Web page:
The last day of school for special needs kids can often bring utter chaos to your household. In our case, the bedtime of our son’s last day of school was highly traumatic for him. He cried for hours because he wasn’t going to see his friends or his teachers anymore. We are moving him to a closer school to our home and he will do his second year of special needs preschool there.
After a little digging in conversations with him and a couple days without school, we discovered that he was really craving that stability and schedule school created for him. He liked knowing that for 4 days of the week at a particular time the bus picked him up and then dropped him off at home after school. It was predictable and it was safe.
That kind of threw us a giant hurdle as we weren’t prepared for him to be upset about not being on a schedule. I am still working on this right now, but we have our normal weekend schedule to some degree so that helps for now.
Schedules and predictability are common denominators with special needs children. We knew our son gets frustrated when he doesn’t eat at a specific time or if he doesn’t go to bed or bathe at specific time. However, we didn’t realize that other things throughout the day can cause him great distress.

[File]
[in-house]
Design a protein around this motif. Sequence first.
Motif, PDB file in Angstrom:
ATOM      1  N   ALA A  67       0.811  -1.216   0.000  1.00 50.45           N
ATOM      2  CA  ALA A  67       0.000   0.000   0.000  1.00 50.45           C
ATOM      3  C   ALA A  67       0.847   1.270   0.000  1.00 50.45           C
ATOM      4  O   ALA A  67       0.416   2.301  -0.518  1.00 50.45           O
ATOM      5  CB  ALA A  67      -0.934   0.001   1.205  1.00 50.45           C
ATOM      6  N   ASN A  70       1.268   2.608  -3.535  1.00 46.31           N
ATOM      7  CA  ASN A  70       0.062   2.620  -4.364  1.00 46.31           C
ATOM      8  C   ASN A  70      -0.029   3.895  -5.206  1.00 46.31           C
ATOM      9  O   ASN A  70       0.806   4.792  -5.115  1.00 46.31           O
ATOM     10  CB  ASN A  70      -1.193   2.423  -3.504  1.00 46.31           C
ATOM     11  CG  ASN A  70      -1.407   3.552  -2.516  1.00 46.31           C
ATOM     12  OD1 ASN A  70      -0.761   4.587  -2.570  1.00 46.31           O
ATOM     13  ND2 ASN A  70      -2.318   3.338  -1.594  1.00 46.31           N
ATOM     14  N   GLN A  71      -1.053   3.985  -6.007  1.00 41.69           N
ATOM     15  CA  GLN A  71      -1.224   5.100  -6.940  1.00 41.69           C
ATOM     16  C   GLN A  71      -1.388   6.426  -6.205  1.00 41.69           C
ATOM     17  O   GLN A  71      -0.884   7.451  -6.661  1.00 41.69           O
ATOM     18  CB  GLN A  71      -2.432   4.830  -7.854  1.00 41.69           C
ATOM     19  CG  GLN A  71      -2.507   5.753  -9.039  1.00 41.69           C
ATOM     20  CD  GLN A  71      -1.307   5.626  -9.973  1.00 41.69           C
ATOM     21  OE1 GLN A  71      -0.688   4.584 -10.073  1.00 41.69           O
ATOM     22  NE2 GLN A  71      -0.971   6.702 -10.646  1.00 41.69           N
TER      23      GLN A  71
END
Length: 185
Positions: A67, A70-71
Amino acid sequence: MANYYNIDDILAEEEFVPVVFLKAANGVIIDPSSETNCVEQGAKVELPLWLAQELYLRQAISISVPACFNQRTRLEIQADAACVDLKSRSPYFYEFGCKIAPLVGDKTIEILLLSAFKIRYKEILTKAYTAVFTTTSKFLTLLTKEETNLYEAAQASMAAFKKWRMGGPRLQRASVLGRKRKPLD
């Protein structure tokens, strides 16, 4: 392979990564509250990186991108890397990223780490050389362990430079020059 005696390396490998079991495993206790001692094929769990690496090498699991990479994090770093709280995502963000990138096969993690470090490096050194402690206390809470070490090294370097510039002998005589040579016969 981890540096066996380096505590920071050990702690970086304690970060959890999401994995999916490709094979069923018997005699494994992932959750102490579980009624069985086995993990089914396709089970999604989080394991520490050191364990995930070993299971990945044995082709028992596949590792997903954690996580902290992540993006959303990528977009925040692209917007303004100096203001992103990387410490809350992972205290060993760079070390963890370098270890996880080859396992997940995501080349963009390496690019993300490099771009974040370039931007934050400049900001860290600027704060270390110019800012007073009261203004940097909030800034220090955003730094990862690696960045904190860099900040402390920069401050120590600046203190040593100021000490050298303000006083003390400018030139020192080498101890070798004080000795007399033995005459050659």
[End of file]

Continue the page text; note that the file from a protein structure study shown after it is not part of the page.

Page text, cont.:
When planning your summer schedule, make sure you try to be consistent with the activities you do throughout the summer. For example, swim lessons are always on the same day at the same time. This will allow for your child to build a new schedule with new activities.
Allow for fun activities along with the learning activities. If your child has something to look forward to each day, they will be able to process each activity and participate better. I know my son he likes to know things in advance so we have our “mommy” chats just before he goes to sleep so he knows what to expect the next day. Sometimes it backfires by him being so excited about what we are doing the next day that he is awake too early. Other times it just prepares him for what happens.
Allow your child to have down time. We try to build into the schedule some down time for him to play in his room. We check on him and make sure he doesn’t do anything he isn’t supposed to, but he gets the freedom to play with his trucks or his stuffed animals. He needs the time to get perspective and regroup. Otherwise, he can be extremely cranky or demanding and our day becomes that much longer.
If you can create a summer schedule that works for your family and your special needs child, you will be able to give your child the stability and predictability that they crave. And, it will give you your sanity!